By January of 1872, Morton had advanced in his career to become Secretary of the Nebraska Territory, where he proposed to Nebraska's State Board of Agriculture a holiday dedicated to planting trees. He called it "Arbor Day" and argued that Nebraska needed more trees for a variety of reasons — they provided windbreaks, they kept the soil fertile, they provided building materials and fuel, and they provided much-needed shade in the heat of the searing Midwest summer sun.
A few months later, the first Arbor Day had a glorious kickoff during which over one million trees were planted in Nebraska. Part of the amazing turnout and enthusiasm for the holiday had to do with the fact that people who planted trees properly were offered prizes.
By 1882, Arbor Day’s popularity had spread far and wide, and it was celebrated in many states across the country. By 1885, Arbor Day had also become an official state holiday in Nebraska. At the time, the holiday was celebrated in Nebraska every April 22 — the period of year when the weather is ideal for planting saplings. As an added bonus, that date was also Morton's birthday.
By 1883, another agricultural enthusiast, Birdsey Northrop, helped to spread Arbor Day to Japan, and later, to Canada, Australia and Europe. Most of the United States was celebrating Arbor Day by the turn of the century; however, somewhat interestingly, Arbor Day didn’t become a nationally recognized holiday until the 1970s, when a number of environmental challenges came into national focus and various ecological laws and policies were adopted.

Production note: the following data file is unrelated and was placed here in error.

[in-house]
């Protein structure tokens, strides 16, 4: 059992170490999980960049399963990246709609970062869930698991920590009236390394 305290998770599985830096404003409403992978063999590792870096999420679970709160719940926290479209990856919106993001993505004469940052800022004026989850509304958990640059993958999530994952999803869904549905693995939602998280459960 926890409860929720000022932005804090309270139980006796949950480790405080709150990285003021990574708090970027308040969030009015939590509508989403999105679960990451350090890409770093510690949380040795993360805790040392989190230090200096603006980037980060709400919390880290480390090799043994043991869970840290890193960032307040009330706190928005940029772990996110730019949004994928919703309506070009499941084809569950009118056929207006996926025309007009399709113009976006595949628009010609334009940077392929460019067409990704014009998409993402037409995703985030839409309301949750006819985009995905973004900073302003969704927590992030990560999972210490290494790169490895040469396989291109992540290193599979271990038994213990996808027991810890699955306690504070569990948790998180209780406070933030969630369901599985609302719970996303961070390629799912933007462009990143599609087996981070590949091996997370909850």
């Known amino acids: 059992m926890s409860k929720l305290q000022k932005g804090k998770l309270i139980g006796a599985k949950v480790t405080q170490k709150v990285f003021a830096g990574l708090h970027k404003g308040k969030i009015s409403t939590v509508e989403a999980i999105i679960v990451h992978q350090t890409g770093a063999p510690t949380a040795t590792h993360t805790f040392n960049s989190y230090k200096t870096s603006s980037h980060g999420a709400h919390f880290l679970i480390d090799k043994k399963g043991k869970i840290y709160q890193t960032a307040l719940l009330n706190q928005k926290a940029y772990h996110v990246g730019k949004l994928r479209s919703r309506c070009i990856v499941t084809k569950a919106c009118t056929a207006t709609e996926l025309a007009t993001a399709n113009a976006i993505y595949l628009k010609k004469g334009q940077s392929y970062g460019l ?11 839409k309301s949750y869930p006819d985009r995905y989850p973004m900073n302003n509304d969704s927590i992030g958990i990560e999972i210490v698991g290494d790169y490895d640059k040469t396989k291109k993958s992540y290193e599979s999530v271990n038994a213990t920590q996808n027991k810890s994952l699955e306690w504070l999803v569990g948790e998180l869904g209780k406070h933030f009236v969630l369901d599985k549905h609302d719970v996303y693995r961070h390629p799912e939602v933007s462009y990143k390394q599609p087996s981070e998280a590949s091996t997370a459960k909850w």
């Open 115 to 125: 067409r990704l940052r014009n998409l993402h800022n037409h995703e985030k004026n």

Arbor Day Celebrations Around the World
Celebrating Arbor Day has become a particularly popular activity in schools around the world, regardless of whether the country recognizes the occasion as a holiday or not. Typically, teachers inform students about the importance of trees, and some schools even host tree-planting festivities and field trips of their own.
Many countries that recognize Arbor Day do have official celebrations to encourage widespread planting of trees. For instance, in India, Arbor Day is actually celebrated as a festival over a whole week in July, during which people plant millions of trees. Riverton City, Utah, hosts an annual Arbor Day Tree Planting Workshop in which experts teach people how to plant and grow trees. Attendees also learn about which trees are best for the soil in the area.
How You Can Participate
Part of the beauty of Arbor Day is that you can celebrate it in many ways. You might head outside and plant a tree or two, or you could also simply spend the day appreciating the outdoors, sitting in a park or going on a nature hike. Another way to pay tribute to the trees is to donate to an organization that supports local forest and plant health. This could be anything from a local arboretum to an international organization that works to preserve rainforests. Consider organizing an online fundraiser to get more people you know involved and donating money to a worthy cause.
Want to celebrate Arbor Day with a group? Check to see if there are any public activities happening in your area. Many cities and towns host public tree-planting activities and workshops to commemorate the day. Other Arbor Day events often involve picking up litter in your town or going on walks with a docent to learn about identifying local trees. You could also volunteer at a local nature organization.